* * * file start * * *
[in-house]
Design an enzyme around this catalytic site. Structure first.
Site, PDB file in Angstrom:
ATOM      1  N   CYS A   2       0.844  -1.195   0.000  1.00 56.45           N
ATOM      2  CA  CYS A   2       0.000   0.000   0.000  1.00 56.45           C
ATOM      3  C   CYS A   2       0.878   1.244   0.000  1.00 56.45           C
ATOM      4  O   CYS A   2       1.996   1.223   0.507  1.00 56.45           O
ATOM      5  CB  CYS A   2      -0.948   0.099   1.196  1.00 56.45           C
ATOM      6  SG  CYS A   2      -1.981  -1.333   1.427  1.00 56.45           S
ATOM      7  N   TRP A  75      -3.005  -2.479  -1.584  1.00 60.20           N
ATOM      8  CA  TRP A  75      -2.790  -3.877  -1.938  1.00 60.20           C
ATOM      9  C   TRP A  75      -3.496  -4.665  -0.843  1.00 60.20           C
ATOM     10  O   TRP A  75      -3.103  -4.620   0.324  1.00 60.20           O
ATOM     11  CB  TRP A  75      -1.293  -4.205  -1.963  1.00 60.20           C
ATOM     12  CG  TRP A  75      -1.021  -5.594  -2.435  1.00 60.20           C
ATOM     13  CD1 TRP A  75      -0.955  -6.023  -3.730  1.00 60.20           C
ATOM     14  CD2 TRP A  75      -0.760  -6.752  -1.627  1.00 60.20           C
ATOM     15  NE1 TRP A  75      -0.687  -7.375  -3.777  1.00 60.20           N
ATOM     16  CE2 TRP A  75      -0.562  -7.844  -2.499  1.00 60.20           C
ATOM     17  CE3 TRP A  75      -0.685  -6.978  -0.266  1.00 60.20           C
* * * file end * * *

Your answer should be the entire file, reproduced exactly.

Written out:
[in-house]
Design an enzyme around this catalytic site. Structure first.
Site, PDB file in Angstrom:
ATOM      1  N   CYS A   2       0.844  -1.195   0.000  1.00 56.45           N
ATOM      2  CA  CYS A   2       0.000   0.000   0.000  1.00 56.45           C
ATOM      3  C   CYS A   2       0.878   1.244   0.000  1.00 56.45           C
ATOM      4  O   CYS A   2       1.996   1.223   0.507  1.00 56.45           O
ATOM      5  CB  CYS A   2      -0.948   0.099   1.196  1.00 56.45           C
ATOM      6  SG  CYS A   2      -1.981  -1.333   1.427  1.00 56.45           S
ATOM      7  N   TRP A  75      -3.005  -2.479  -1.584  1.00 60.20           N
ATOM      8  CA  TRP A  75      -2.790  -3.877  -1.938  1.00 60.20           C
ATOM      9  C   TRP A  75      -3.496  -4.665  -0.843  1.00 60.20           C
ATOM     10  O   TRP A  75      -3.103  -4.620   0.324  1.00 60.20           O
ATOM     11  CB  TRP A  75      -1.293  -4.205  -1.963  1.00 60.20           C
ATOM     12  CG  TRP A  75      -1.021  -5.594  -2.435  1.00 60.20           C
ATOM     13  CD1 TRP A  75      -0.955  -6.023  -3.730  1.00 60.20           C
ATOM     14  CD2 TRP A  75      -0.760  -6.752  -1.627  1.00 60.20           C
ATOM     15  NE1 TRP A  75      -0.687  -7.375  -3.777  1.00 60.20           N
ATOM     16  CE2 TRP A  75      -0.562  -7.844  -2.499  1.00 60.20           C
ATOM     17  CE3 TRP A  75      -0.685  -6.978  -0.266  1.00 60.20           C